The handle path is not straight, as with other rowers, and the bargain basement hydraulic rowers often suffer from unevenly installed arms, which catch and “clunk”, making for a frustrating rowing experience.
Popular hydraulic rowing machines include:
- Sunny Health Hydraulic Rowing Machine
- Stamina 1215 Orbital Rowing Machine
- Stamina BodyTrack Glider Rower
|✅ PROS||❌ CONS|
|Compact and lightweight||Fixed seat position|
|Minimal maintenance required||Don’t pull in a straight line|
|Inexpensive||Low weight capacity|
|Easy to move|
Magnetic Resistance Rowers
Like other cardio machines such as elliptical machines, rowers often use magnetic resistance to create, err, resistance when exercising.
Magnetic resistance rowers use a flywheel with magnets that close in on the disc as you increase the resistance. Because of the variable resistance, users have a wide range of resistance options when saddling up on the machine.
Magnetic resistance rowers are relatively inexpensive, easy to maintain, and are very quiet, making them an excellent choice for home gyms.
Many of them are also foldable, making them a solid choice for multi-use areas in your home like a bedroom or living room.
Some of the top magnetic flywheel rowing machines include:
|✅ PROS||❌ CONS|
|Nearly complete silent||Not as natural a feeling as water or air rowing machines|
|Lots of budget-friendly options||More expensive compared to air and hydraulic row machines|
|Many models are foldable|
|Lots of resistance levels for a custom workout|
|Low maintenance; don’t have to refill water constantly|
Rowing machines that rely on air for resistance use a flywheel and fan that spins, pushing against the air and creating variable resistance, similar to air bikes (aka assault bikes).
Air resistance rowers rely completely on your own power to generate resistance—harder you pull, the harder the resistance—making it great for people who don’t want to mess around with resistance levels.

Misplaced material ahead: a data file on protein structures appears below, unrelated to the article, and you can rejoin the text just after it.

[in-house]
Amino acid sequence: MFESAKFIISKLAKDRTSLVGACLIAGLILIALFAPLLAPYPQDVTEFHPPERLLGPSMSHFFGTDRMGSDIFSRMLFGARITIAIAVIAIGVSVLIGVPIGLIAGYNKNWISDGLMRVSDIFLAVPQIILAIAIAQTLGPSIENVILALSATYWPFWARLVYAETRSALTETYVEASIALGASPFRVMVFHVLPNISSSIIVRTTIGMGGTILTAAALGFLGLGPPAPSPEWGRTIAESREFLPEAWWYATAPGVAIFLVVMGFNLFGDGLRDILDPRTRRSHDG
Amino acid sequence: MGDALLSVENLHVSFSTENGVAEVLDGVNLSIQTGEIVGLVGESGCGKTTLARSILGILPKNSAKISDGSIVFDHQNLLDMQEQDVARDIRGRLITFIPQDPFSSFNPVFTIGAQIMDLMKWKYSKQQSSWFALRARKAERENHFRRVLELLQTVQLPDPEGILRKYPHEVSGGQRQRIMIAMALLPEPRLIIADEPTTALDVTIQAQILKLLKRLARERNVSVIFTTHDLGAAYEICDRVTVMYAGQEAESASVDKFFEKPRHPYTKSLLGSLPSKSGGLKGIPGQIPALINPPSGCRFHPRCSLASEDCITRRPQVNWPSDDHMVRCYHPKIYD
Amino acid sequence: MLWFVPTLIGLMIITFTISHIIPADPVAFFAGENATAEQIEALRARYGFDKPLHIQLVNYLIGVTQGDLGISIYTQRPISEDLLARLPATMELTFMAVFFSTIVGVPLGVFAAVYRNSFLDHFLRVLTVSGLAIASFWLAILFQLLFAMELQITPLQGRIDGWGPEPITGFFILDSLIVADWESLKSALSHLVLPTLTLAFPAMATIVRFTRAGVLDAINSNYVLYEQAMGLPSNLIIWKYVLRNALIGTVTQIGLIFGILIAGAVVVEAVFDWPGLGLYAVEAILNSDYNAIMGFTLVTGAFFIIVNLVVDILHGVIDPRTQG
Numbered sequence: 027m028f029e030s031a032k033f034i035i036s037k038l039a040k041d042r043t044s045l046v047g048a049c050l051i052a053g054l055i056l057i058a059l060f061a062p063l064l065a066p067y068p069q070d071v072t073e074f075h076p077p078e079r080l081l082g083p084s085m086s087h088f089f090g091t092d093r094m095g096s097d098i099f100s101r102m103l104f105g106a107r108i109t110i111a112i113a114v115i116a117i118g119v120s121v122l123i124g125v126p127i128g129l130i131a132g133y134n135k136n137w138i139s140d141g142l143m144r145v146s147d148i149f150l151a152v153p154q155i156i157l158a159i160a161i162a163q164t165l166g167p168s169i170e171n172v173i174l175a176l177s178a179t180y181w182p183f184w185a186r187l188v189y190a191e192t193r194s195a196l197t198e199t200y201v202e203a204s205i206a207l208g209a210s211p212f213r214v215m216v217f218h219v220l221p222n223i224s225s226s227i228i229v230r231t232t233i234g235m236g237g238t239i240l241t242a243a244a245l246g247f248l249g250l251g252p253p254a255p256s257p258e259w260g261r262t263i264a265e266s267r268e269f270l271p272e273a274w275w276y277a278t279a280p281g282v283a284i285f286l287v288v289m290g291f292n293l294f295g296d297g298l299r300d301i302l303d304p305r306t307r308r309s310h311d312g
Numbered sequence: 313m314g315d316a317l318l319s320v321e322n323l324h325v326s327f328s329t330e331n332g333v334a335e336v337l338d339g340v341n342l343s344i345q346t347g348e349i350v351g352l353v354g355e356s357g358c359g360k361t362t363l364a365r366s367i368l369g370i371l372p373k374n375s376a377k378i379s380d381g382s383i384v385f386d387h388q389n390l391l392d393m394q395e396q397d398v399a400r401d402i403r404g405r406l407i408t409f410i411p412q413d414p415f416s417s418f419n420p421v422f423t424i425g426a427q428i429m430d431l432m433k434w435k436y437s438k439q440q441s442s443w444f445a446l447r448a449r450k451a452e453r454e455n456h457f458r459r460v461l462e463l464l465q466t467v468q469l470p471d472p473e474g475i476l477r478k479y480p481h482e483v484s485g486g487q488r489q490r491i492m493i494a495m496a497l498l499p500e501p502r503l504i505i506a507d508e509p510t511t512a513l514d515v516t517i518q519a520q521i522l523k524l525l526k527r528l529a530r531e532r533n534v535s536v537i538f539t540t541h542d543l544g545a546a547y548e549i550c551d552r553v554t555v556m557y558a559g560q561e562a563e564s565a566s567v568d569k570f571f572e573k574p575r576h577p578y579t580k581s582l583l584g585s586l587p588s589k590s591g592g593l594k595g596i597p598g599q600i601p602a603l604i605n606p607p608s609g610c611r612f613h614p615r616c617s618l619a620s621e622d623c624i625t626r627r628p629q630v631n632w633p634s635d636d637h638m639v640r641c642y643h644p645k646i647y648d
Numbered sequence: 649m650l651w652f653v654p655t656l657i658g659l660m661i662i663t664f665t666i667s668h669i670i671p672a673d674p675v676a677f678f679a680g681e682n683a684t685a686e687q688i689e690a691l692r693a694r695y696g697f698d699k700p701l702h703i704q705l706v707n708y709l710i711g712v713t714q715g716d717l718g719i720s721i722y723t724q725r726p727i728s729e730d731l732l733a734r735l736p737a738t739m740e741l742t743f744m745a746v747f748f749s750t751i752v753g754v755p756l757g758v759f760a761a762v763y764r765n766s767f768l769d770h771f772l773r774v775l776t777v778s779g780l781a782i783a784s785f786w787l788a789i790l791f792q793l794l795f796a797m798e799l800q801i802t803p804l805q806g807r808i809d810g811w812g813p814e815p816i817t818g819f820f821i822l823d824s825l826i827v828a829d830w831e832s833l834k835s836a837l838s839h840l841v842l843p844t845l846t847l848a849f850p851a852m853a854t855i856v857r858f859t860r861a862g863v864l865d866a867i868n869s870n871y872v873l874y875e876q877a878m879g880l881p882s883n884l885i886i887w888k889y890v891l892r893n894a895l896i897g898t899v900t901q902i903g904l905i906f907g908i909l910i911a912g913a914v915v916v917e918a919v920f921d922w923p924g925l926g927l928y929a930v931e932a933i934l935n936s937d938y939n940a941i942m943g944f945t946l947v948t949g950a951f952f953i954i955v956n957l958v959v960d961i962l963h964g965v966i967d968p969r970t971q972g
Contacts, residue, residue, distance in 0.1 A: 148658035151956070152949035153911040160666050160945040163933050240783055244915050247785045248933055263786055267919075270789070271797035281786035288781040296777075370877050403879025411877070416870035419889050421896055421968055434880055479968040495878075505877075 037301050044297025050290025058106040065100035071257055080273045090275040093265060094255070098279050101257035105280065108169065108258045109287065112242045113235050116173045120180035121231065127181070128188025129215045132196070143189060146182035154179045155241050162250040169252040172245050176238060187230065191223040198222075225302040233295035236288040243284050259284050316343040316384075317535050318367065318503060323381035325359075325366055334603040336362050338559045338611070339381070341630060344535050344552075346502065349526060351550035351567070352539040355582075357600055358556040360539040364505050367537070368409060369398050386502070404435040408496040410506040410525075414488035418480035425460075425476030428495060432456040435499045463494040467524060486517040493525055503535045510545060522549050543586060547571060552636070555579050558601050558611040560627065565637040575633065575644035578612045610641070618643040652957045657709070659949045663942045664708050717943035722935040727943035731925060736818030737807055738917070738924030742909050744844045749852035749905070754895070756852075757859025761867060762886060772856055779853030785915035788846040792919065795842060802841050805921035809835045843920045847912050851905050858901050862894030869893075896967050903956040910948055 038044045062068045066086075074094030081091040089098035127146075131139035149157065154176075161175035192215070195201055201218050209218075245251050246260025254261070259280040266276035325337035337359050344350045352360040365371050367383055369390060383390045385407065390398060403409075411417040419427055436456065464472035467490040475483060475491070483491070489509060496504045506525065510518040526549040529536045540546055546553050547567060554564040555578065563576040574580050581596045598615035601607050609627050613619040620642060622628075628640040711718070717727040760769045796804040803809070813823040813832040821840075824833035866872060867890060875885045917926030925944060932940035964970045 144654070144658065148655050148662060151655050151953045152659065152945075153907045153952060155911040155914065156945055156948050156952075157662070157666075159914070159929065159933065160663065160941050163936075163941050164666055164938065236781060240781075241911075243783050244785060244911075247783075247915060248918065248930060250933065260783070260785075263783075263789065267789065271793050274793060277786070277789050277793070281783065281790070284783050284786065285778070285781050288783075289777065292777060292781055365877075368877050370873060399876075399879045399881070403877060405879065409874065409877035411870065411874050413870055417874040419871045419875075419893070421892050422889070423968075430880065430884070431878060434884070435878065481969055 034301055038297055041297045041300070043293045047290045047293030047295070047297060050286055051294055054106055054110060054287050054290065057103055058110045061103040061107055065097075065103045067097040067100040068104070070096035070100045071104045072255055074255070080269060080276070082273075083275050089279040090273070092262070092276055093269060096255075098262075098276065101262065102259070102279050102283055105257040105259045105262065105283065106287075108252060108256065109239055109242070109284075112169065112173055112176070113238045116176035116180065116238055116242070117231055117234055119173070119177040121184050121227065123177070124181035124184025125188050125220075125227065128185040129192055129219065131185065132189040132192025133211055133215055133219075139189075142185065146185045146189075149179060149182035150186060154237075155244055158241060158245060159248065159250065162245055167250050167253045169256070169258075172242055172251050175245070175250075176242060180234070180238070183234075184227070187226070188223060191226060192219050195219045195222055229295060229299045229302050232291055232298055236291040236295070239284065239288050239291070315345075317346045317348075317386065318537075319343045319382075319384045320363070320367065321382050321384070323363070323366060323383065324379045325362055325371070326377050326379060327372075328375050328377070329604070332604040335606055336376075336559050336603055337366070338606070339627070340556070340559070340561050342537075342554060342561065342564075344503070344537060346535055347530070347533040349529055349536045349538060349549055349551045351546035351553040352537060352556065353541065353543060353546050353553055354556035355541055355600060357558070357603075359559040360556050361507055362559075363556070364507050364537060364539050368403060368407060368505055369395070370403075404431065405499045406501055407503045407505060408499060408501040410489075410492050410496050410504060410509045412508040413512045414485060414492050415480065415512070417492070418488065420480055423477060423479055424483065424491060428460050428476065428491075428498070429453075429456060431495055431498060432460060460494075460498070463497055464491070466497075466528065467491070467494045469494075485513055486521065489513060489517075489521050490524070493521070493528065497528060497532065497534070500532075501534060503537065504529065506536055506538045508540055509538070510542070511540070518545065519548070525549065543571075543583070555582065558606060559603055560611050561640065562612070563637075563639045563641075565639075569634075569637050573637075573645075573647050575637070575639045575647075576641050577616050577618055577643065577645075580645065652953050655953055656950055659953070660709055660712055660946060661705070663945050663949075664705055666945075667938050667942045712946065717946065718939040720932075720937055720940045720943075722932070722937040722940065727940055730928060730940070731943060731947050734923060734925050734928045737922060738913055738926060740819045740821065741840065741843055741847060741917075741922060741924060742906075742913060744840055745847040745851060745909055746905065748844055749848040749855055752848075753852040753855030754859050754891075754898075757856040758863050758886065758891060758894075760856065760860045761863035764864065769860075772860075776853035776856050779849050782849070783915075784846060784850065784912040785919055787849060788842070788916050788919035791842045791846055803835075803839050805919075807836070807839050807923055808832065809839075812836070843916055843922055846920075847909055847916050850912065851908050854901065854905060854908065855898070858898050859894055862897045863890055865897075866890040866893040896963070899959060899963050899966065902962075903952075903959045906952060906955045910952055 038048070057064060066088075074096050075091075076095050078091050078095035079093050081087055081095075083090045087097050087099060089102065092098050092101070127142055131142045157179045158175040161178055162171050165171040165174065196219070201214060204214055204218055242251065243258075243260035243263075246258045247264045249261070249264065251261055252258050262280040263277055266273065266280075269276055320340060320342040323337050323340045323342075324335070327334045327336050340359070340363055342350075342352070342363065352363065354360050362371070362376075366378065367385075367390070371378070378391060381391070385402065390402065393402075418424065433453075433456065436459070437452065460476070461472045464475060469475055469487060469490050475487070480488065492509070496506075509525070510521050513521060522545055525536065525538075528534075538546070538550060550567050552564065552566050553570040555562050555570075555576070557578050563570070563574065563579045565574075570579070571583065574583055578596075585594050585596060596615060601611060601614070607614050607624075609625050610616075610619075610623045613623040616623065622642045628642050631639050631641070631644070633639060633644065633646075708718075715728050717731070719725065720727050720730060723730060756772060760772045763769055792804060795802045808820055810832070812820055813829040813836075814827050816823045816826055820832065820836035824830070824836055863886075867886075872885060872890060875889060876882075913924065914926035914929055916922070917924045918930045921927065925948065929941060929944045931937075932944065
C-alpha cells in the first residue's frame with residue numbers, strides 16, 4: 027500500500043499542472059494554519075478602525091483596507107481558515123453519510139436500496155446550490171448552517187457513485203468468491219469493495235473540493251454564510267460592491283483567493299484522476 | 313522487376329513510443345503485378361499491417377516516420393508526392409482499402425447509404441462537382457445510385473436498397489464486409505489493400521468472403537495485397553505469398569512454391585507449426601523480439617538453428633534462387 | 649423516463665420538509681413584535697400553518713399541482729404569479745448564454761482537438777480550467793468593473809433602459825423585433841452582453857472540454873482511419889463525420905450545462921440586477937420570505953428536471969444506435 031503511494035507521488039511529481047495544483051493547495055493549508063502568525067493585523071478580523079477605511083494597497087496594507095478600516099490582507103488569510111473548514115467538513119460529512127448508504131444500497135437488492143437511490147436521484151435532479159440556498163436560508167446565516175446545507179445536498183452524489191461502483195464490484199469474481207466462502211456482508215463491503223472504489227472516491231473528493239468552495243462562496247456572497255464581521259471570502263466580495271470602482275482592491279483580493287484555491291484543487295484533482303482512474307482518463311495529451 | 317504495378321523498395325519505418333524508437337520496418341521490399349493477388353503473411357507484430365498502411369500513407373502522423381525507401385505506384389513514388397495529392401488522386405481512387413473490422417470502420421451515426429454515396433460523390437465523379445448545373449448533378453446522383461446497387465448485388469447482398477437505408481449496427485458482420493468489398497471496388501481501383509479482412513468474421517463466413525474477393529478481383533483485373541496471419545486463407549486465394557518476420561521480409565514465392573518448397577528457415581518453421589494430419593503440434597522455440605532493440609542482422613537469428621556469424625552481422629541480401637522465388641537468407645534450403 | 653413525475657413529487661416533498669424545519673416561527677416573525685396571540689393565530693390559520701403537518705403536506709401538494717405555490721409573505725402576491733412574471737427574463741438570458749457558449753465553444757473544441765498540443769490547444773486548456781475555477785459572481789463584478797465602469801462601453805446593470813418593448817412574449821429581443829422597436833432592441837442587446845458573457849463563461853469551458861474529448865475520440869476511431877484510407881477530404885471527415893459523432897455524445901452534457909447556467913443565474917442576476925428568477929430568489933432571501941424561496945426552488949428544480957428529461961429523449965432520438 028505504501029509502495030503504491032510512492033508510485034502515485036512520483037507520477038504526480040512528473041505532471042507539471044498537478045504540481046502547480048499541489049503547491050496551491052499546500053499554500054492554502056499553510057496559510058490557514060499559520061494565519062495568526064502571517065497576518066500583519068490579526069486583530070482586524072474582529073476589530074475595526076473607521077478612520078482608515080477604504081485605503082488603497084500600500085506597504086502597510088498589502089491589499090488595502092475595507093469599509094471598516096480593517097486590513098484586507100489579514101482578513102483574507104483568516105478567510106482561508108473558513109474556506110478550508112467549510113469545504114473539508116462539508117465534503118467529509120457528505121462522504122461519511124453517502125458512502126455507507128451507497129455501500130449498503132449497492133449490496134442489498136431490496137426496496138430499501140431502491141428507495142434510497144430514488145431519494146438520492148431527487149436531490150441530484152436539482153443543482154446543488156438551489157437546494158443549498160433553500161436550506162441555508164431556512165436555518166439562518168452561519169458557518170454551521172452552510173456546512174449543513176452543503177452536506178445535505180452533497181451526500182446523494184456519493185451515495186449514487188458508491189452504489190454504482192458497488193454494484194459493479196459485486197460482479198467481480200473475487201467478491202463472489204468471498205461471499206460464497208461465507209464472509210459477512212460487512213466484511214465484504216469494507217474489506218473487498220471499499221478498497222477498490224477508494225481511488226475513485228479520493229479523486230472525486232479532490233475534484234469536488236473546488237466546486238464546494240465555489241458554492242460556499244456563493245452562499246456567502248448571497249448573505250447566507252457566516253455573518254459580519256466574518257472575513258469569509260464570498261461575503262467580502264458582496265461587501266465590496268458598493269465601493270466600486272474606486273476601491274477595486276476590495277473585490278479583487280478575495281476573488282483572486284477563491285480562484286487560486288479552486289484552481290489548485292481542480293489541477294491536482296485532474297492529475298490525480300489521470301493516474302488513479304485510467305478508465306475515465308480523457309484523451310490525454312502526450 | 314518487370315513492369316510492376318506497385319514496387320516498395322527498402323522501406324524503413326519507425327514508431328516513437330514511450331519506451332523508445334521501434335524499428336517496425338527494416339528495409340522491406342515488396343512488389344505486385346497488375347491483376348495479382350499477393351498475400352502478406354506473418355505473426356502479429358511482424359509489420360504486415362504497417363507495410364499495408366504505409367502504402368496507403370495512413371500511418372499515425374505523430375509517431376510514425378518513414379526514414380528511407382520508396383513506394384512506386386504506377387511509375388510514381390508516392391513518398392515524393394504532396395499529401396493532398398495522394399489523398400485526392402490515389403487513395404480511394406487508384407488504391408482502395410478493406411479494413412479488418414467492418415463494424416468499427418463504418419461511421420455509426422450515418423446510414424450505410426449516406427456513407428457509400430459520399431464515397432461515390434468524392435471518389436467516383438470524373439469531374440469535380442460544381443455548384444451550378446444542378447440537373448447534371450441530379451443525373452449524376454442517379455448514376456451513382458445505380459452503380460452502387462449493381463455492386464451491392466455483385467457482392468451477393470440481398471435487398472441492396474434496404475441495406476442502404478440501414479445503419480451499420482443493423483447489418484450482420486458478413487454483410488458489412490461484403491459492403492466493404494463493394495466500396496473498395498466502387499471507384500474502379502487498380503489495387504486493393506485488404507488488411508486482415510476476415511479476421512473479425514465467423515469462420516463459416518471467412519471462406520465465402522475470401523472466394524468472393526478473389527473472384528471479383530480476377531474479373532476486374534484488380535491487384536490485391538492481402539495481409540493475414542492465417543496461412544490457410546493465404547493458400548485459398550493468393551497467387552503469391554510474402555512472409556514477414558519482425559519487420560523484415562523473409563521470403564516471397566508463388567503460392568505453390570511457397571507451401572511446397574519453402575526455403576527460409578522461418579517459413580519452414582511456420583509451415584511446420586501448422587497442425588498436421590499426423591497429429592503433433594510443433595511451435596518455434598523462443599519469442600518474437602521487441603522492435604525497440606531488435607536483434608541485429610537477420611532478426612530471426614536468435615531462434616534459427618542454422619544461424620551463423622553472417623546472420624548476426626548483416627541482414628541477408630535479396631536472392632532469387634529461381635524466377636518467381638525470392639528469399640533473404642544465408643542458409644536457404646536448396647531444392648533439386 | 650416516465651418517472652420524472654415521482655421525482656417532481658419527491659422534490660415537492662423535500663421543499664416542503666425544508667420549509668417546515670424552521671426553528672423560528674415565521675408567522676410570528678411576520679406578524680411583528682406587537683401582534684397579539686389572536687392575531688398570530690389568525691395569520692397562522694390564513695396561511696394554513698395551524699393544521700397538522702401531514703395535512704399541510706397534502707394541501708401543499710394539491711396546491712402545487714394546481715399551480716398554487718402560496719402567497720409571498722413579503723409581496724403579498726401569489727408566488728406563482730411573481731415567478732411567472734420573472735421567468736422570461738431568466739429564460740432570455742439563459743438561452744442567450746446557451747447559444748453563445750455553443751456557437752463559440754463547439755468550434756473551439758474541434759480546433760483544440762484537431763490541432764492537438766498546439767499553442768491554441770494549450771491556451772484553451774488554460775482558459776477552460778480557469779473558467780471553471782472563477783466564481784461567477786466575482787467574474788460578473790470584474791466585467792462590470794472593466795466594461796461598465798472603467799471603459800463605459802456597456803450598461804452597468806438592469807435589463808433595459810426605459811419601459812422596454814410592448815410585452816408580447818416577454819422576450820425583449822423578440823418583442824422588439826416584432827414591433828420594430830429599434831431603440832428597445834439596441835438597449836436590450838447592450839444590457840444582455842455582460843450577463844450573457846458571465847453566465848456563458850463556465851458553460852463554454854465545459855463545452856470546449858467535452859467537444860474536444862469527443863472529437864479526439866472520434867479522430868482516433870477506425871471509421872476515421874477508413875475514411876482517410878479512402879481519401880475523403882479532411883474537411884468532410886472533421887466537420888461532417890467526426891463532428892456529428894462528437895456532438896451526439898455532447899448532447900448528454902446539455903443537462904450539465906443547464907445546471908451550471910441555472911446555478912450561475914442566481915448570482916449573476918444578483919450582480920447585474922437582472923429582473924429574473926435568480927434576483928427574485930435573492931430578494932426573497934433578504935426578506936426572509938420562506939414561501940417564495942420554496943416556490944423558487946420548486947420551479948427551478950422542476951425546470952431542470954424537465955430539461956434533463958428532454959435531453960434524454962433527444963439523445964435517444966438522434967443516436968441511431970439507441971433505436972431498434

This makes air rowers the best way to do HIIT workouts on a row machine as you don’t have to adjust a knob to increase and decrease difficulty between intervals.
Some of the best rowing machines for home gyms, such as the Concept2 rowers, use air resistance, as they use dampers to mitigate how much air enters the flywheel. (More air, the “heavier” the stroke feels.)
The principal downside is that they are quiet noisy, what with all the air that is being pushed around, to the point that you can easily hear the machine in the next room.
The best air rowers include:
|✅ PROS||❌ CONS|
|Resistance adapts to your power output; no resistance knobs to tinker with||Noisy compared to other row machines|
|Great for HIIT workouts as they have variable resistance|
|Natural-feeling, smooth strokes|
|Adjustable stroke weight|
The Bottom Line
Fortunately for the rower enthusiast, there are a number of different ways and types of rowing machines to get you started on your fitness journey.
Each type has their own strength and weaknesses. Some are short and quiet while others simulate the water sounds of being out in fresh air, rowing across the lake.
Choose the rowing machine that suits your needs and goals, matches your budget and home gym, and you will be well on your way to taking advantage of everything a rower machine has to offer.
More Stuff Like This
The 6 Best Cardio Machines for Weight Loss (And How to Use Them For Best Results). Looking to turbocharge your weight loss in the gym? Here’s a look at the best cardio machines for losing weight, including how many calories each machine burns.
The Best Cardio Workouts to Do at the Gym (Plus Benefits, Machines, and Sample Workouts). Ready to take your cardio game to the next level? Here’s a look at the best cardio workouts to do at the gym, benefits, and the best cardio machines to use.